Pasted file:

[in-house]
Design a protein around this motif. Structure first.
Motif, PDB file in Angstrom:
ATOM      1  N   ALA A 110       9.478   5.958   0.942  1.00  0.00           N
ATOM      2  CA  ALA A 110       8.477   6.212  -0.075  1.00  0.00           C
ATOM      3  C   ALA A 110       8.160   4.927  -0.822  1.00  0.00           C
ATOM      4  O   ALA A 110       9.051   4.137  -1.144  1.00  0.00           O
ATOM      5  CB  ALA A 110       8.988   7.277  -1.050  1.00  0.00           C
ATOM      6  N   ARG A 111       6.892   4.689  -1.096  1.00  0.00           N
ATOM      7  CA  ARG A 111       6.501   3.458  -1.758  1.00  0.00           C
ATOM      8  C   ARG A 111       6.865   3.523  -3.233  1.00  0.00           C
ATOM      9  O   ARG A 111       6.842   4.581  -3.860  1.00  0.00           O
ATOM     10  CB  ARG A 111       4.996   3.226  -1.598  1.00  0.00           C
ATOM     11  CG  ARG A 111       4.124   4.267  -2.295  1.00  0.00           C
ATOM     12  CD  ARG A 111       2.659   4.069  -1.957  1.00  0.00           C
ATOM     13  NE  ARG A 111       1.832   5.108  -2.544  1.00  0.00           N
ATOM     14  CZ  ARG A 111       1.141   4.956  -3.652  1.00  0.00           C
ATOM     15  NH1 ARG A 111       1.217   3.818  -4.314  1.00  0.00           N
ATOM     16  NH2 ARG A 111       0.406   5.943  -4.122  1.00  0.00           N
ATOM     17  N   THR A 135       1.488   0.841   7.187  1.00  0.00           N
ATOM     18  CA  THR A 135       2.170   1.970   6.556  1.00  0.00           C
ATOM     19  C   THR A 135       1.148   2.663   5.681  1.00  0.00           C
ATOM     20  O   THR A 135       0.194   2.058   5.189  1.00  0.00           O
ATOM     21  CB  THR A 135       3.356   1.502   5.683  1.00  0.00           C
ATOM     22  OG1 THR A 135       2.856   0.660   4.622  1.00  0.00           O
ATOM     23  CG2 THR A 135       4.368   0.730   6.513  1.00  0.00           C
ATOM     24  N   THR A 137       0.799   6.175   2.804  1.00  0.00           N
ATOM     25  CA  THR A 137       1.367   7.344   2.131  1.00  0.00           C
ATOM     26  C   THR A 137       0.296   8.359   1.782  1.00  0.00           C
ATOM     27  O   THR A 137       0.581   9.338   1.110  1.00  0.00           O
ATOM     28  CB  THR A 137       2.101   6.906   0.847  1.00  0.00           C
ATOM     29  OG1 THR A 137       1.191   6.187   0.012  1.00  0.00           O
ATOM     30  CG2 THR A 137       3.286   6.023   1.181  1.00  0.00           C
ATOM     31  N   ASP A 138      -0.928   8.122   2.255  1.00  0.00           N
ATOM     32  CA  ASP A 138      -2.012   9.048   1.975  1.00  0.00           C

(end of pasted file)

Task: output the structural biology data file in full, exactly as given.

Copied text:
[in-house]
Design a protein around this motif. Structure first.
Motif, PDB file in Angstrom:
ATOM      1  N   ALA A 110       9.478   5.958   0.942  1.00  0.00           N
ATOM      2  CA  ALA A 110       8.477   6.212  -0.075  1.00  0.00           C
ATOM      3  C   ALA A 110       8.160   4.927  -0.822  1.00  0.00           C
ATOM      4  O   ALA A 110       9.051   4.137  -1.144  1.00  0.00           O
ATOM      5  CB  ALA A 110       8.988   7.277  -1.050  1.00  0.00           C
ATOM      6  N   ARG A 111       6.892   4.689  -1.096  1.00  0.00           N
ATOM      7  CA  ARG A 111       6.501   3.458  -1.758  1.00  0.00           C
ATOM      8  C   ARG A 111       6.865   3.523  -3.233  1.00  0.00           C
ATOM      9  O   ARG A 111       6.842   4.581  -3.860  1.00  0.00           O
ATOM     10  CB  ARG A 111       4.996   3.226  -1.598  1.00  0.00           C
ATOM     11  CG  ARG A 111       4.124   4.267  -2.295  1.00  0.00           C
ATOM     12  CD  ARG A 111       2.659   4.069  -1.957  1.00  0.00           C
ATOM     13  NE  ARG A 111       1.832   5.108  -2.544  1.00  0.00           N
ATOM     14  CZ  ARG A 111       1.141   4.956  -3.652  1.00  0.00           C
ATOM     15  NH1 ARG A 111       1.217   3.818  -4.314  1.00  0.00           N
ATOM     16  NH2 ARG A 111       0.406   5.943  -4.122  1.00  0.00           N
ATOM     17  N   THR A 135       1.488   0.841   7.187  1.00  0.00           N
ATOM     18  CA  THR A 135       2.170   1.970   6.556  1.00  0.00           C
ATOM     19  C   THR A 135       1.148   2.663   5.681  1.00  0.00           C
ATOM     20  O   THR A 135       0.194   2.058   5.189  1.00  0.00           O
ATOM     21  CB  THR A 135       3.356   1.502   5.683  1.00  0.00           C
ATOM     22  OG1 THR A 135       2.856   0.660   4.622  1.00  0.00           O
ATOM     23  CG2 THR A 135       4.368   0.730   6.513  1.00  0.00           C
ATOM     24  N   THR A 137       0.799   6.175   2.804  1.00  0.00           N
ATOM     25  CA  THR A 137       1.367   7.344   2.131  1.00  0.00           C
ATOM     26  C   THR A 137       0.296   8.359   1.782  1.00  0.00           C
ATOM     27  O   THR A 137       0.581   9.338   1.110  1.00  0.00           O
ATOM     28  CB  THR A 137       2.101   6.906   0.847  1.00  0.00           C
ATOM     29  OG1 THR A 137       1.191   6.187   0.012  1.00  0.00           O
ATOM     30  CG2 THR A 137       3.286   6.023   1.181  1.00  0.00           C
ATOM     31  N   ASP A 138      -0.928   8.122   2.255  1.00  0.00           N
ATOM     32  CA  ASP A 138      -2.012   9.048   1.975  1.00  0.00           C